Lacanian Press Agency
Paris, Tuesday 23 October 2001

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The President of the Brazilian Republic replies to the Lacanian Press Agency
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Paris, 23 October (ALP) - Following Alexandre Adler's editorial in Le Monde, dated 11 September 2001 and Eric Laurent's article in Bulletin No. 3 of the Lacanian Press Agency, Dr Jorge Forbes, the Sao Paolo ALP correspondent, addressed the two following questions to M. Fernando Henrique, the President of the Brazilian Republic. He also sent M. Adler's editorial to the President. The President replied by mail on 15 October 2001.

Sao Paolo, 27 September (ALP) - Questions put by the Lacanian Press Agency to M. Fernando Henrique Cardoso, the President of the Brazilian Republic.

1. In France there is currently a controversy over the meaning of Brazilian Comtism. Some say that positivism has been conveyed to Brazil by the army, and that they have only picked up the rays of a star already dead in Europe. Others maintain that the borrowings from Auguste Comte by the Brazilian positivists and jurists are due rather to an original swing of the liberal empire towards American Presidentialism, than to a servile imitation of Europe. They signal moreover that the "coroneis" of the era draw more from the notables than from the army. What is the President's opinion on this subject?

2. What is the import today in Brazil of the reference to Auguste Comte? Antiquated historical memory or permanent influence?

Brasilia, 23 October (ALP) - Interview of the President of the Brazilian Republic with the Lacanian Press Agency.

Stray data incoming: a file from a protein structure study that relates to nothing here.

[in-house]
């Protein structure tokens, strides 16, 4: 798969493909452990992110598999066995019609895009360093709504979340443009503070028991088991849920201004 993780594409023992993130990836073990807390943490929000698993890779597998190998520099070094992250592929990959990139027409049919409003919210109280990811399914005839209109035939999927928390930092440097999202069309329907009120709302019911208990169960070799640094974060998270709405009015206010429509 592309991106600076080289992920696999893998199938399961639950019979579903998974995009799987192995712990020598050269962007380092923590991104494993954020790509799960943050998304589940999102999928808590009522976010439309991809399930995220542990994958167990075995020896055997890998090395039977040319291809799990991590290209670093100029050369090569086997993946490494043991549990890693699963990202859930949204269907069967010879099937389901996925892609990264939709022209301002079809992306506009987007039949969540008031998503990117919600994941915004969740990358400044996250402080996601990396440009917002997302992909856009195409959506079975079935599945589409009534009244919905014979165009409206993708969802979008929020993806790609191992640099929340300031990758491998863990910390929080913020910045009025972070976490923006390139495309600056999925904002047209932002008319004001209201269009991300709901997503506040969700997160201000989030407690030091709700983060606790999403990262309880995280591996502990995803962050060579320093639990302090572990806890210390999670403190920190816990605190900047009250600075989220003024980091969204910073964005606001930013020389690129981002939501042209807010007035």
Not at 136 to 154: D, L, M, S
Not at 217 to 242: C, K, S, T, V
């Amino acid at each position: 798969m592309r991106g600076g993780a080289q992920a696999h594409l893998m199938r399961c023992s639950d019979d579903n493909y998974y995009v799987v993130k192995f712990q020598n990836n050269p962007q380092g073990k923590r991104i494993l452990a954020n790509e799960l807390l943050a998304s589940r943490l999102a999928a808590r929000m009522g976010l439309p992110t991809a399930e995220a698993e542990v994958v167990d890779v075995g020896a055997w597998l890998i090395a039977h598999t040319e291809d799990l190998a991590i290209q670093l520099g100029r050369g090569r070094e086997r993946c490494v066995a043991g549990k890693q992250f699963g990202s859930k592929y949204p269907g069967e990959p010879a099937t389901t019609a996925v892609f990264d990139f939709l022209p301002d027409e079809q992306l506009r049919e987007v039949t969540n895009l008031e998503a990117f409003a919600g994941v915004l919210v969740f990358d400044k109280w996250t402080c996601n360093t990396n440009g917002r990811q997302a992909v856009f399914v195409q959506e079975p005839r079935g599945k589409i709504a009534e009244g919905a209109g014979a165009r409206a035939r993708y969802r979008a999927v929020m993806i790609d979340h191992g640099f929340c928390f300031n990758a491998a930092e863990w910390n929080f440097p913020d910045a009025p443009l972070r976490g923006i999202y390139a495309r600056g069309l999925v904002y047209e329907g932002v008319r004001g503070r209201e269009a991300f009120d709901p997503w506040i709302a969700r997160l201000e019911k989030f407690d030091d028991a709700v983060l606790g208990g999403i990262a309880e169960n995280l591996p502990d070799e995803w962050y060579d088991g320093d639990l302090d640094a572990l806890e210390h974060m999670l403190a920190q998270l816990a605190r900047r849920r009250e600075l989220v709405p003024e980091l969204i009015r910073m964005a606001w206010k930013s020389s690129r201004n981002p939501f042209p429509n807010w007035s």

One of the interesting aspects of your question are the terms in which you formulate it. In effect, you refer to a controversy over the influence of Comtian positivism on Brazil, and you specify that the debate opposes those who explain it as the influence of "rays of a star already dead in Europe" and those who understand it as "an original swing of the liberal Empire towards American Presidentialism."

Leaving aside deciding between these two hypotheses, my response is: neither one nor the other. Both have their share of problems. The first suggests, albeit subtly, a somewhat mechanistic intellectual mimeticism on the part of Brazil and the non-European world in general. This alternative presupposes, although this is certainly only implicit, the existence of a radiating centre the image of the Sun, evidently - and of zones of more and more dense shadow, where the rays which arrive no longer even reheat the universe of ideas. The second alternative comprises a diagnosis, again unformulated, that also points towards a relative local incapacity to give birth to intellectual movements endowed with a history that would be their own.